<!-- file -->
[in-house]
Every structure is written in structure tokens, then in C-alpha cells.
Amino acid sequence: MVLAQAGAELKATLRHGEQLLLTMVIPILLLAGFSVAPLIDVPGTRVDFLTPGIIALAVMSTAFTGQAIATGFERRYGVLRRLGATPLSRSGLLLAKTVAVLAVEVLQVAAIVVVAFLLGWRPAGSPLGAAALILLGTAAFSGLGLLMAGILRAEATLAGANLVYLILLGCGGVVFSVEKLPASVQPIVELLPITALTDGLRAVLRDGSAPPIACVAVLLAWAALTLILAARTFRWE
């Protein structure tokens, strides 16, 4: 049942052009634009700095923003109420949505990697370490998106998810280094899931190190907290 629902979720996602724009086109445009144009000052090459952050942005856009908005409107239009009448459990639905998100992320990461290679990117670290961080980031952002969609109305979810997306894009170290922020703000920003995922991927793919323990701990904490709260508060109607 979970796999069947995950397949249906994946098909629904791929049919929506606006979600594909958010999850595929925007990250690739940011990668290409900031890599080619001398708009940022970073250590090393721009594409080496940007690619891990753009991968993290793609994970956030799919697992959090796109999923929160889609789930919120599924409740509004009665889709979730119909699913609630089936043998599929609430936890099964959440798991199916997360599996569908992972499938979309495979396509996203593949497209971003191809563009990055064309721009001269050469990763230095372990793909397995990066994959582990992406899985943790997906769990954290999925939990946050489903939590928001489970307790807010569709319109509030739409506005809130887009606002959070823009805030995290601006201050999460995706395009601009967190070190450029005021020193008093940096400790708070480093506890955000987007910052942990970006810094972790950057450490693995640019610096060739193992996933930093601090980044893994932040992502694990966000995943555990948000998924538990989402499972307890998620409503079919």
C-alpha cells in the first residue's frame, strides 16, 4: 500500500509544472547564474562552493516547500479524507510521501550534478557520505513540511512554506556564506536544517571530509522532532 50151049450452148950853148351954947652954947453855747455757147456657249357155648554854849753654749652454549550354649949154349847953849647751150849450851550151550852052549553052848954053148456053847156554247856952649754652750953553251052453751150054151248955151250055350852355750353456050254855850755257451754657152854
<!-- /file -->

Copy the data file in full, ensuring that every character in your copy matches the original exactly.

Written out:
[in-house]
Every structure is written in structure tokens, then in C-alpha cells.
Amino acid sequence: MVLAQAGAELKATLRHGEQLLLTMVIPILLLAGFSVAPLIDVPGTRVDFLTPGIIALAVMSTAFTGQAIATGFERRYGVLRRLGATPLSRSGLLLAKTVAVLAVEVLQVAAIVVVAFLLGWRPAGSPLGAAALILLGTAAFSGLGLLMAGILRAEATLAGANLVYLILLGCGGVVFSVEKLPASVQPIVELLPITALTDGLRAVLRDGSAPPIACVAVLLAWAALTLILAARTFRWE
């Protein structure tokens, strides 16, 4: 049942052009634009700095923003109420949505990697370490998106998810280094899931190190907290 629902979720996602724009086109445009144009000052090459952050942005856009908005409107239009009448459990639905998100992320990461290679990117670290961080980031952002969609109305979810997306894009170290922020703000920003995922991927793919323990701990904490709260508060109607 979970796999069947995950397949249906994946098909629904791929049919929506606006979600594909958010999850595929925007990250690739940011990668290409900031890599080619001398708009940022970073250590090393721009594409080496940007690619891990753009991968993290793609994970956030799919697992959090796109999923929160889609789930919120599924409740509004009665889709979730119909699913609630089936043998599929609430936890099964959440798991199916997360599996569908992972499938979309495979396509996203593949497209971003191809563009990055064309721009001269050469990763230095372990793909397995990066994959582990992406899985943790997906769990954290999925939990946050489903939590928001489970307790807010569709319109509030739409506005809130887009606002959070823009805030995290601006201050999460995706395009601009967190070190450029005021020193008093940096400790708070480093506890955000987007910052942990970006810094972790950057450490693995640019610096060739193992996933930093601090980044893994932040992502694990966000995943555990948000998924538990989402499972307890998620409503079919």
C-alpha cells in the first residue's frame, strides 16, 4: 500500500509544472547564474562552493516547500479524507510521501550534478557520505513540511512554506556564506536544517571530509522532532 50151049450452148950853148351954947652954947453855747455757147456657249357155648554854849753654749652454549550354649949154349847953849647751150849450851550151550852052549553052848954053148456053847156554247856952649754652750953553251052453751150054151248955151250055350852355750353456050254855850755257451754657152854